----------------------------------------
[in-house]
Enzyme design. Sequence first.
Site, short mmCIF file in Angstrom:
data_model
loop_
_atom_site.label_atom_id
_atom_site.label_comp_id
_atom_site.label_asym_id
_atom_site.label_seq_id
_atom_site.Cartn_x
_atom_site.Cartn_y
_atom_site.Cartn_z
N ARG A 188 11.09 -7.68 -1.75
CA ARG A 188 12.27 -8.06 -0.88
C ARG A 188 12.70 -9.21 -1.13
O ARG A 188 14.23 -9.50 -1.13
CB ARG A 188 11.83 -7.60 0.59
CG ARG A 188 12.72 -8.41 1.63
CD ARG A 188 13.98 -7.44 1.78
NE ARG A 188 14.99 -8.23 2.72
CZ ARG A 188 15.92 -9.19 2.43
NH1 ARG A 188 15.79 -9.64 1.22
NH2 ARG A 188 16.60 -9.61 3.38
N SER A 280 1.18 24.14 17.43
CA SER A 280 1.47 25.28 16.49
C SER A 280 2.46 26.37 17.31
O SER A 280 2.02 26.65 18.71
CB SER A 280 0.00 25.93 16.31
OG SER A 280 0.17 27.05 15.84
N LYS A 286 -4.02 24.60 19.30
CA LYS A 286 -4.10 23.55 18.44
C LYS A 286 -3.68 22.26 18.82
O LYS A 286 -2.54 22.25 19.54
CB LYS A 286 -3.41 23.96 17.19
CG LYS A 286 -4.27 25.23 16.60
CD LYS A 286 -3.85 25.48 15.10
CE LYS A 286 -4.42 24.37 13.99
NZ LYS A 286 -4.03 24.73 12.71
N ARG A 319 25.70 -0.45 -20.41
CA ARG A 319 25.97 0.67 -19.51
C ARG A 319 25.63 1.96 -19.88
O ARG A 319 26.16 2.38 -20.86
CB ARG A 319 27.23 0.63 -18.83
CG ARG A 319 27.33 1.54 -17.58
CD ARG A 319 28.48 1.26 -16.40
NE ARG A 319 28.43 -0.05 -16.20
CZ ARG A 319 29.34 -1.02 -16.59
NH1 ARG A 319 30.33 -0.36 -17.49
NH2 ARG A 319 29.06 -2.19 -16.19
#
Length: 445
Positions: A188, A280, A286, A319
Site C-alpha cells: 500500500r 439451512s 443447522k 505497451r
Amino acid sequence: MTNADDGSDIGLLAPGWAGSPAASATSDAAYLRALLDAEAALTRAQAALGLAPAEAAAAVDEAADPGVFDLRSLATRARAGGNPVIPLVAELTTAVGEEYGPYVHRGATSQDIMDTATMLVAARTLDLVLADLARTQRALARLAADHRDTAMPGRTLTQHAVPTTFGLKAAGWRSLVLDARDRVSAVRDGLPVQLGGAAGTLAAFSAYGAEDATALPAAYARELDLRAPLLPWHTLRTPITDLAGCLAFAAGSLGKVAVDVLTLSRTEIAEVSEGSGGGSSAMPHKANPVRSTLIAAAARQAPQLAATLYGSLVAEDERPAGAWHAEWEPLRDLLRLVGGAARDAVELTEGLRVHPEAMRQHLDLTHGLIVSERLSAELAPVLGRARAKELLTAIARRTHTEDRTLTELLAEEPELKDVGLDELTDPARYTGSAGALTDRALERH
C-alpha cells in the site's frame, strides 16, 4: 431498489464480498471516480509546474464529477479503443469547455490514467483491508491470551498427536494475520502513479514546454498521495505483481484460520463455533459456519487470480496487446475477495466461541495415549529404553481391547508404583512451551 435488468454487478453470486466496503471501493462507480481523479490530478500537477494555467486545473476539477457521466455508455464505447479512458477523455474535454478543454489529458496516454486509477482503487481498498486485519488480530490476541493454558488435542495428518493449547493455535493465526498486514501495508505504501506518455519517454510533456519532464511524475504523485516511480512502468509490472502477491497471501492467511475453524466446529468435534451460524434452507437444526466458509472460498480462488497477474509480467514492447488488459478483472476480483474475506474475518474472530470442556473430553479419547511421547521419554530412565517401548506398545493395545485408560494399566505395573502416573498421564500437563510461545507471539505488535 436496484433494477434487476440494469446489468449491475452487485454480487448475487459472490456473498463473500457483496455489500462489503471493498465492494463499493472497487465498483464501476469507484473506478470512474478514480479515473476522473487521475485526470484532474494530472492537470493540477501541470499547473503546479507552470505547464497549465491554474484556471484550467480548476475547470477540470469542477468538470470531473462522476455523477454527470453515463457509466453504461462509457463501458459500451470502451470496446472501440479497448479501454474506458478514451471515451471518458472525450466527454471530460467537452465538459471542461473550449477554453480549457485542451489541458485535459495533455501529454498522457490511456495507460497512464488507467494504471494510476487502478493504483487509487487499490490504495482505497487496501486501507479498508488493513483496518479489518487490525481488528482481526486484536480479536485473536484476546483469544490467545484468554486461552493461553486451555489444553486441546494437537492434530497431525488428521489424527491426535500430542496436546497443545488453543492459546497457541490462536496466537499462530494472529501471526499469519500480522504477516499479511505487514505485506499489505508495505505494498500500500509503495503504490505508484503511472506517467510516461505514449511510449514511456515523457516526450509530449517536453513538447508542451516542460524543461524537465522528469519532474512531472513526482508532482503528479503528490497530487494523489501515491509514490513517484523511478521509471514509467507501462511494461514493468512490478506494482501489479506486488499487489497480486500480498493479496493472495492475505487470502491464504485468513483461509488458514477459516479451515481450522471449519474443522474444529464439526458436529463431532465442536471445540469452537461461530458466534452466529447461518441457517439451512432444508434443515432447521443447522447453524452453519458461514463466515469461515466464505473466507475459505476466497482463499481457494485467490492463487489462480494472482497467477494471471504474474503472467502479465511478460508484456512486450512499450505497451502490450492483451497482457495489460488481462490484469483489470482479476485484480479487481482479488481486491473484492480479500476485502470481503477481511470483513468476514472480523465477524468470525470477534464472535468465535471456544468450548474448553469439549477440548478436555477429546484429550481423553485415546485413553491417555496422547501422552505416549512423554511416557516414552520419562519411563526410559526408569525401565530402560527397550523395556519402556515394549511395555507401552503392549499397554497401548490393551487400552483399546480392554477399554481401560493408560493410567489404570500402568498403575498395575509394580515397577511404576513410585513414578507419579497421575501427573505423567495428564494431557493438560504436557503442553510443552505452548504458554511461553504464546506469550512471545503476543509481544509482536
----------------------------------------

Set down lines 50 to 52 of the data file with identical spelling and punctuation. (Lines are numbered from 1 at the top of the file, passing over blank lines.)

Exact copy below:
#
Length: 445
Positions: A188, A280, A286, A319